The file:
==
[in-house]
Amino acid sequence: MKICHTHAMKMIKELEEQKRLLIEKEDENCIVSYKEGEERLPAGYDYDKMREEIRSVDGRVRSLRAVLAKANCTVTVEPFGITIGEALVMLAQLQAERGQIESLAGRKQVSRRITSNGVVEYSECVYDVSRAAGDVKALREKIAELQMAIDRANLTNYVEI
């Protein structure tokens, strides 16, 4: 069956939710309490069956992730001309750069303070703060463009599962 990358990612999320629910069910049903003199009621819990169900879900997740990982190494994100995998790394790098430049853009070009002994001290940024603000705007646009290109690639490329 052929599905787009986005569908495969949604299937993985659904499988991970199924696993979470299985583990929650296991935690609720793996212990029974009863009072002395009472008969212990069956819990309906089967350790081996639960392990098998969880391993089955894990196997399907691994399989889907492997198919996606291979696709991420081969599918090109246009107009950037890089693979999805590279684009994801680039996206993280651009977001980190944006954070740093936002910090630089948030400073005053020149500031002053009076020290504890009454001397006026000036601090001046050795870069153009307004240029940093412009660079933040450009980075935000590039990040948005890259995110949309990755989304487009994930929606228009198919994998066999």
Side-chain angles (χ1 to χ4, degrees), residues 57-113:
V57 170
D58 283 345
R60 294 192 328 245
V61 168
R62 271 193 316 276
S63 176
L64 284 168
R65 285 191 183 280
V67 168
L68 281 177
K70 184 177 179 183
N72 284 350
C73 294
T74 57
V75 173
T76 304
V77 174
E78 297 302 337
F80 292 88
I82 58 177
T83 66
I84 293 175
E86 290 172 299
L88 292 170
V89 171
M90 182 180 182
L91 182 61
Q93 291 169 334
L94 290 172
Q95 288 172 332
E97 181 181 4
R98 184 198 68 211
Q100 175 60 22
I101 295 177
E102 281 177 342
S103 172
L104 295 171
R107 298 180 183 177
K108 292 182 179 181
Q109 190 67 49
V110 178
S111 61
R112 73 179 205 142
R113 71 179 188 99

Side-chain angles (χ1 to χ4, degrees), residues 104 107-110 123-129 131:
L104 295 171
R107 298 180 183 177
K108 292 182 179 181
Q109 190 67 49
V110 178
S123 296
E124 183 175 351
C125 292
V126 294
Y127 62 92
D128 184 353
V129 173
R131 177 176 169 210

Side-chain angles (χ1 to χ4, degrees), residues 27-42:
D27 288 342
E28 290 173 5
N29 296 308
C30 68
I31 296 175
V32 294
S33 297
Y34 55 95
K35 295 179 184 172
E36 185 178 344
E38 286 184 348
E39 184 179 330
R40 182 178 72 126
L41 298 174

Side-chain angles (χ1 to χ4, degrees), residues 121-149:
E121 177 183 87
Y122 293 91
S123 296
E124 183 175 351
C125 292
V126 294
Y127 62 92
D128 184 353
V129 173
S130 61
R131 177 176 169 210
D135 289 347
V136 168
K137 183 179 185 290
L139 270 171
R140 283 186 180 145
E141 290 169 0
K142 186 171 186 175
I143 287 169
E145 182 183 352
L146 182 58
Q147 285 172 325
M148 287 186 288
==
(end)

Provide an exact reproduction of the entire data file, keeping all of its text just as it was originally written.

[in-house]
Amino acid sequence: MKICHTHAMKMIKELEEQKRLLIEKEDENCIVSYKEGEERLPAGYDYDKMREEIRSVDGRVRSLRAVLAKANCTVTVEPFGITIGEALVMLAQLQAERGQIESLAGRKQVSRRITSNGVVEYSECVYDVSRAAGDVKALREKIAELQMAIDRANLTNYVEI
């Protein structure tokens, strides 16, 4: 069956939710309490069956992730001309750069303070703060463009599962 990358990612999320629910069910049903003199009621819990169900879900997740990982190494994100995998790394790098430049853009070009002994001290940024603000705007646009290109690639490329 052929599905787009986005569908495969949604299937993985659904499988991970199924696993979470299985583990929650296991935690609720793996212990029974009863009072002395009472008969212990069956819990309906089967350790081996639960392990098998969880391993089955894990196997399907691994399989889907492997198919996606291979696709991420081969599918090109246009107009950037890089693979999805590279684009994801680039996206993280651009977001980190944006954070740093936002910090630089948030400073005053020149500031002053009076020290504890009454001397006026000036601090001046050795870069153009307004240029940093412009660079933040450009980075935000590039990040948005890259995110949309990755989304487009994930929606228009198919994998066999």
Side-chain angles (χ1 to χ4, degrees), residues 57-113:
V57 170
D58 283 345
R60 294 192 328 245
V61 168
R62 271 193 316 276
S63 176
L64 284 168
R65 285 191 183 280
V67 168
L68 281 177
K70 184 177 179 183
N72 284 350
C73 294
T74 57
V75 173
T76 304
V77 174
E78 297 302 337
F80 292 88
I82 58 177
T83 66
I84 293 175
E86 290 172 299
L88 292 170
V89 171
M90 182 180 182
L91 182 61
Q93 291 169 334
L94 290 172
Q95 288 172 332
E97 181 181 4
R98 184 198 68 211
Q100 175 60 22
I101 295 177
E102 281 177 342
S103 172
L104 295 171
R107 298 180 183 177
K108 292 182 179 181
Q109 190 67 49
V110 178
S111 61
R112 73 179 205 142
R113 71 179 188 99

Side-chain angles (χ1 to χ4, degrees), residues 104 107-110 123-129 131:
L104 295 171
R107 298 180 183 177
K108 292 182 179 181
Q109 190 67 49
V110 178
S123 296
E124 183 175 351
C125 292
V126 294
Y127 62 92
D128 184 353
V129 173
R131 177 176 169 210

Side-chain angles (χ1 to χ4, degrees), residues 27-42:
D27 288 342
E28 290 173 5
N29 296 308
C30 68
I31 296 175
V32 294
S33 297
Y34 55 95
K35 295 179 184 172
E36 185 178 344
E38 286 184 348
E39 184 179 330
R40 182 178 72 126
L41 298 174

Side-chain angles (χ1 to χ4, degrees), residues 121-149:
E121 177 183 87
Y122 293 91
S123 296
E124 183 175 351
C125 292
V126 294
Y127 62 92
D128 184 353
V129 173
S130 61
R131 177 176 169 210
D135 289 347
V136 168
K137 183 179 185 290
L139 270 171
R140 283 186 180 145
E141 290 169 0
K142 186 171 186 175
I143 287 169
E145 182 183 352
L146 182 58
Q147 285 172 325
M148 287 186 288